Saturday, 26 February 2011

The Hiss of Piss on a Bonfire

One of the sad facts about growing older is that, more and more, I encounter people who seem to have serious issues with the manner in which people enjoy themselves, or how they do things which they enjoy doing.

I'm guilty of this myself, admittedly. I've never seen the appeal of night clubs, for example. If I wanted to spend the early hours of the morning in a converted warehouse with eye-wateringly poor lighting, inhaling the sweat of strangers while my ear drums are almost shattered by monotonous music played at volumes that could drown out a nuclear assault by a preening dickhead in shades, all while cradling a horrifically overpriced drink, then yeah, I'd probably go to a nightclub

But I have no problem with people who do go to nightclubs and have a good time. It's not for me, but I'm one non-nightclub-going person. But I've had several arguments with people who do go to nightclubs and insist that I should go too, as 'I'll enjoy it once I'm in there'. My patient explanation that I have been 'in there' several times and never even slightly enjoyed it seems irrelevant. I'm apparently wrong, they know what I like better than I do, and by not agreeing I'm being 'no fun'.

Football is the same. I can't see the appeal in watching 22 wealthy dickheads running around sporadically on a green rectangle, trying to place a sphere in a specific place without using their hands. For nearly 2 hours. But millions of people love it, so it's obviously enjoyable to many. Some of these people can be, admittedly, a bit overenthusiastic (read 'violent thugs' for that last bit if you like), but for the vast majority it's an enjoyable pastime.

But if I were to go into nightclubs, turn the lights on, unplug the amps and insist that everyone put some clothes on, I wouldn't be thanked for my efforts. Similarly, if I wandered onto a football pitch during a big game and told the assembled crowd to go home and do something more worthwhile like put up some shelves, I wouldn't be praised for this. I might be prised apart, but not praised.

As some of you probably know if you've read this before, I do stand-up comedy. I'm also co-organiser/host of Cardiff Skeptics in the Pub, and do a lot of talks for the skeptic community and beyond. These are things I do for my own enjoyment, and for the potential enjoyment of others. But apparently, these things I do voluntarily and for little or no reward beyond the actions themselves, I'm doing wrong.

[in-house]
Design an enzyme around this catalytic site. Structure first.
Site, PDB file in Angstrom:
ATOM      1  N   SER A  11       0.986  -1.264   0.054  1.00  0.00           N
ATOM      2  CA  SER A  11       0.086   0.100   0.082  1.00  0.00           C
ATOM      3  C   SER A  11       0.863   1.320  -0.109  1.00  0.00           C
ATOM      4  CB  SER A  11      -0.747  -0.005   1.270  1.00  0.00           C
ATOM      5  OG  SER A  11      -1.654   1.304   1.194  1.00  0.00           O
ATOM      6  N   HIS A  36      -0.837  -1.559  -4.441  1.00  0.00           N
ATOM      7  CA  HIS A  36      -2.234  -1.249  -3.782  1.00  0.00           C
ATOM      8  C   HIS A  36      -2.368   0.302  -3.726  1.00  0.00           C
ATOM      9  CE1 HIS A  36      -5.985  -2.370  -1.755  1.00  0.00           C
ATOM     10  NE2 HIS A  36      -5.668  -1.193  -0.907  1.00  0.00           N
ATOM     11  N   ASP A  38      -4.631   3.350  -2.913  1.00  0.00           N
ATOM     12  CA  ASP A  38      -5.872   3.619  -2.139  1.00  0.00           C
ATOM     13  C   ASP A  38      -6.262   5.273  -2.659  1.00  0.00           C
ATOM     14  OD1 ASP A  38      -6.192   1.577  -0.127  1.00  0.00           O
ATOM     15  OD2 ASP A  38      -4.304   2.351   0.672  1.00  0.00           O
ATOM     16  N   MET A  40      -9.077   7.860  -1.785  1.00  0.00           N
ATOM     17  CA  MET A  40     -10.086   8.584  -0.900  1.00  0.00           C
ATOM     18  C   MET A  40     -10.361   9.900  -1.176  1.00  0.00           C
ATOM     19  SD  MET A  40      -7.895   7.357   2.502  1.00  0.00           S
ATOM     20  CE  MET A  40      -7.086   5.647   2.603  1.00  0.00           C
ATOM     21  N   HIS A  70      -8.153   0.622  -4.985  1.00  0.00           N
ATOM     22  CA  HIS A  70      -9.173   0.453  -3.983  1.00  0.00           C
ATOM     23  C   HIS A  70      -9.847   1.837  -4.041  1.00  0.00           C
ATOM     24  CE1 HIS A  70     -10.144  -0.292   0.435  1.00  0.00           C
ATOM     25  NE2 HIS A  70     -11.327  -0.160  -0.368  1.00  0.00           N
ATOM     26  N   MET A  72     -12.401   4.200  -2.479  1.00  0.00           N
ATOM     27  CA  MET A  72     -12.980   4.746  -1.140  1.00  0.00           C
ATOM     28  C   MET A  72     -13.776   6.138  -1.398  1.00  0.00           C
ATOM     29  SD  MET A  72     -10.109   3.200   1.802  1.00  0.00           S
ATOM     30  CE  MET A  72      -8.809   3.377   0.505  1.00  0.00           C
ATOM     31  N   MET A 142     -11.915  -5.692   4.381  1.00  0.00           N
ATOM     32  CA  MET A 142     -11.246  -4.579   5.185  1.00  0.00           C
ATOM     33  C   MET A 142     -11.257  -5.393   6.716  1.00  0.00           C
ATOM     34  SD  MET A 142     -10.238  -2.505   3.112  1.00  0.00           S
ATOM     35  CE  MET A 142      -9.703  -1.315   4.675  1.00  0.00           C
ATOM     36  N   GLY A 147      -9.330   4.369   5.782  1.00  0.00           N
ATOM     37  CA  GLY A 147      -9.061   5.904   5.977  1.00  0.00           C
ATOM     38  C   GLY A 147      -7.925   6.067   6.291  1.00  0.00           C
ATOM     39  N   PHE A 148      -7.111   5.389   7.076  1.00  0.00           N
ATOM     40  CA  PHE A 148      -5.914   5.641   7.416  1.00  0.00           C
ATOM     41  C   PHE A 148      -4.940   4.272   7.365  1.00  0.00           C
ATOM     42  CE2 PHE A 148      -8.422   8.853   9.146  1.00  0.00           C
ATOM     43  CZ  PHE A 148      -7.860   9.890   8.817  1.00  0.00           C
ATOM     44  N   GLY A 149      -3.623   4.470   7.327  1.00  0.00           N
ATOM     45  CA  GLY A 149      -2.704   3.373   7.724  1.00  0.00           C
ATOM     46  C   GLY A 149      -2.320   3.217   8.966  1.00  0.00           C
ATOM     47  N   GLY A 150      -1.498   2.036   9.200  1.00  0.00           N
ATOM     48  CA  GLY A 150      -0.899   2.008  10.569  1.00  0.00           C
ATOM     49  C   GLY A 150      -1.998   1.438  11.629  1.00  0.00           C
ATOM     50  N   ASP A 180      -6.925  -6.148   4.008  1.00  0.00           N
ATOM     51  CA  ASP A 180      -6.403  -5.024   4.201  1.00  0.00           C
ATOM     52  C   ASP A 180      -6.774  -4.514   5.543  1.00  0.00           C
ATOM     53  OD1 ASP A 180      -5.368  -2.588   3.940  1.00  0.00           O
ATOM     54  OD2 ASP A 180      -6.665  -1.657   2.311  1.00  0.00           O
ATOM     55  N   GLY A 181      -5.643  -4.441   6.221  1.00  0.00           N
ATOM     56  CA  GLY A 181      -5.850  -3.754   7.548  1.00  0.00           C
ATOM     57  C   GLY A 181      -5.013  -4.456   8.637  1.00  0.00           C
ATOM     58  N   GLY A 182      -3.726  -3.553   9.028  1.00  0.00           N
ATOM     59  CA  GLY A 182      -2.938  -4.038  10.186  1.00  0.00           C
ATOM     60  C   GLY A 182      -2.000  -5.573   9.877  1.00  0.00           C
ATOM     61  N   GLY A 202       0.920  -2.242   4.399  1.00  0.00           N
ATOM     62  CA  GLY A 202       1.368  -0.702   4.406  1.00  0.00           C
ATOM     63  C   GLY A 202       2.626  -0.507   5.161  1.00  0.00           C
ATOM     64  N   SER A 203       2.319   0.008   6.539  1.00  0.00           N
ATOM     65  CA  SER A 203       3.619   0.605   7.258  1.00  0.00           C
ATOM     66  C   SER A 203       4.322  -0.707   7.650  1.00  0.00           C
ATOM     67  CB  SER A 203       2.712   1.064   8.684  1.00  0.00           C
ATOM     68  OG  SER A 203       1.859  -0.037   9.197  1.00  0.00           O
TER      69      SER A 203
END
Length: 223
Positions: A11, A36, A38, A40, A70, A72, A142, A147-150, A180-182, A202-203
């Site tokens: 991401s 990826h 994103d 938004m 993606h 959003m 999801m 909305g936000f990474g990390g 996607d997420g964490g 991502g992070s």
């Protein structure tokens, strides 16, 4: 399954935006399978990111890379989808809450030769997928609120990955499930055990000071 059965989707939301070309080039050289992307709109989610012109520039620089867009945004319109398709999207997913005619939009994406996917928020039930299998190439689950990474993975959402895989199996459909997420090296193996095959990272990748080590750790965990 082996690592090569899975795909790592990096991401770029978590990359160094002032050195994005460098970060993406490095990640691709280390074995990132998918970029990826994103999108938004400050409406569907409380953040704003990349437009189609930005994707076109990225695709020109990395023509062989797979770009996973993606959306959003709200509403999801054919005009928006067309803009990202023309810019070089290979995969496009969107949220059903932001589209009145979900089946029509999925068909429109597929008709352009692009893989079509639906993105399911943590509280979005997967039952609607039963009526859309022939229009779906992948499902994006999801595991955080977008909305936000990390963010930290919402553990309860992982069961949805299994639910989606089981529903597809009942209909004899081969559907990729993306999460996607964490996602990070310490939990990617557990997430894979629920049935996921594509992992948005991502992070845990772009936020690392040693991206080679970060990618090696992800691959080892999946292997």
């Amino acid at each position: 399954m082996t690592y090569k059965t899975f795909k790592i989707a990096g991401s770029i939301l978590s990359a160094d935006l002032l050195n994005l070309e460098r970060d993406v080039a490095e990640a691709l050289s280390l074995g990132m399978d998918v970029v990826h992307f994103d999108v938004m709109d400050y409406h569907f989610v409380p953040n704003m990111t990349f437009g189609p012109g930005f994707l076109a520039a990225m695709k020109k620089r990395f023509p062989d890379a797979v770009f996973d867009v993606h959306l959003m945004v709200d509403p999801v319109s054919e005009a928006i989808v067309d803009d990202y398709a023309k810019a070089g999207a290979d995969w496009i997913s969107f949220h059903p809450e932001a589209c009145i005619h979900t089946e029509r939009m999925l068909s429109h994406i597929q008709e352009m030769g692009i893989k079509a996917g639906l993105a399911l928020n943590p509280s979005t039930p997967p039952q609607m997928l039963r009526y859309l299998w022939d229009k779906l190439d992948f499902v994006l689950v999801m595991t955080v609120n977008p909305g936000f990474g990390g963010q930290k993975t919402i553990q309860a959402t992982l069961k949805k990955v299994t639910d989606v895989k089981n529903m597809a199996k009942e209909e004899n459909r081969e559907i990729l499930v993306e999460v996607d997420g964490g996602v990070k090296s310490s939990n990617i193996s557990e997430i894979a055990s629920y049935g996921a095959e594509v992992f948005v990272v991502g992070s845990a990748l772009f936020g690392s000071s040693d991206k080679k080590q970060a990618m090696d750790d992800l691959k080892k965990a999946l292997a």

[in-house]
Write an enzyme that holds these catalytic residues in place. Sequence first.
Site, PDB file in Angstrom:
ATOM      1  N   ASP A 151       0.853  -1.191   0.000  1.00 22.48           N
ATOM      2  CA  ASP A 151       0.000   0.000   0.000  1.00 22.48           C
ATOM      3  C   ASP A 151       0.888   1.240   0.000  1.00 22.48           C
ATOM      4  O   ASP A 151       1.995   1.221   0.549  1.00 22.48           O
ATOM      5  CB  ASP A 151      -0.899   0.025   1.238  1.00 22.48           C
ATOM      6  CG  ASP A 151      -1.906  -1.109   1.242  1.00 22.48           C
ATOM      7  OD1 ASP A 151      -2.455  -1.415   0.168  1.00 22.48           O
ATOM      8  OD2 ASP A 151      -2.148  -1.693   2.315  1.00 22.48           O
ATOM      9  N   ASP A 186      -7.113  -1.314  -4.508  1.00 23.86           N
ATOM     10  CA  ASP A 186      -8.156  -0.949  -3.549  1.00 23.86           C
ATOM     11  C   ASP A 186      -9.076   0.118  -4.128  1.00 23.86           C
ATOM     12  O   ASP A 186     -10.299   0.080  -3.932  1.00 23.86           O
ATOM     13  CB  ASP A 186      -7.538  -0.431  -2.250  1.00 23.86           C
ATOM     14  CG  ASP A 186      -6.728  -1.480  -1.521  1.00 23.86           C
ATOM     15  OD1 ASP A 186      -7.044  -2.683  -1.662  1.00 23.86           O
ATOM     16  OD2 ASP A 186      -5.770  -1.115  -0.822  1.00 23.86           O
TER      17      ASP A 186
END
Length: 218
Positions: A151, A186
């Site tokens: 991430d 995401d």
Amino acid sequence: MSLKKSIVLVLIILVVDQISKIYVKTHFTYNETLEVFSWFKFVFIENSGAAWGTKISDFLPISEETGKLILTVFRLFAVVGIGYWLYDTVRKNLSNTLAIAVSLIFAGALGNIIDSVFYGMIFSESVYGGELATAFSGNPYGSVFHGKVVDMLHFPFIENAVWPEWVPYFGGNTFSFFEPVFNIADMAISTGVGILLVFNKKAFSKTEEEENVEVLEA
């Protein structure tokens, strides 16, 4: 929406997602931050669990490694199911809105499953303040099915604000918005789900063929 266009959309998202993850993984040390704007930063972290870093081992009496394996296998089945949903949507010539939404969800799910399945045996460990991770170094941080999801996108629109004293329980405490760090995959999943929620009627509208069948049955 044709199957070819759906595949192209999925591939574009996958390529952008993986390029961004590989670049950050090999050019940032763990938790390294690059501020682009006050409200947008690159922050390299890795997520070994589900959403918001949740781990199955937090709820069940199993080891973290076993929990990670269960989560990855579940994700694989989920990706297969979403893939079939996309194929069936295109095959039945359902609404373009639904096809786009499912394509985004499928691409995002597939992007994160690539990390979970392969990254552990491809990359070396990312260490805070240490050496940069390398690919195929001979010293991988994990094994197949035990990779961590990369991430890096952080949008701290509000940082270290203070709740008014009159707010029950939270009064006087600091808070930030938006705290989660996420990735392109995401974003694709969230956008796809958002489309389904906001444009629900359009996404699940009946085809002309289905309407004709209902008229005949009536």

Alom Shaha, lovely guy, excellent writer, gutsy bloke, wrote a piece in the Guardian about how Skeptics in the Pub is preaching to the choir. It was a while ago, but brought up again in my social circles again recently. What's the point, he argues, in talking to people about what they already know? Why don't we spend our time trying to get other communities and groups (e.g. children, ethnic minorities) interested, rather than catering to those who are already onside.

As well meant as the article is, this is just another example of this I've encountered, and it's getting to piss me off. It's a bugbear of mine. Here are the reasons why (and if you don't want to know, or care, then feel free to stop reading and do something more useful, like make a sandwich).

It's probably something to do with my comedy background. One of the ways I've noticed in which a comedian will try and exert dominance over another is to criticise their performance, and offer unsolicited advice on how to improve. The advice itself is invariably completely subjective and, often, utterly useless, but the group dynamics of these interactions are startlingly clear, as is the thought process involved, for all that it might be completely subconscious.

I've lost count of the number of inexperienced (or just plain shit) acts giving unasked for advice to more experienced and much better comedians (based on audience response, not just my subjective views). By giving advice and 'helpful' criticism, they are (unjustifiably) asserting their superiority over the better acts in order to reinforce their sense of self worth, but to the detriment of the better acts. The fact that this is presented under the guise of 'being helpful' means that social convention often lets them get away with it.

It's teeth-grindingly infuriating to see this happen as soon as a great but fragile ego'd comic (and there are loads of those, the criticisers can pretty much smell them) walks off stage after a storming performance, only to be rewarded with a volley of 'helpful' advice and criticisms. It happens to me more often than not, I think it's because I'm not particularly confident seeming or arrogant (says the guy on his own long winded blog, but please trust me on this). Also, I have a PhD in neuroscience. A lot of comics pride themselves on their superior wit and intellect, me telling them my qualifications (after they've asked, usually about half way thorough the night) tends to be very unsettling for them. Sometimes they even accuse me of being arrogant. The implication being that I've spent over a decade following a difficult, complex and financially unrewarding career purely to upset them. This makes ME arrogant. Logical.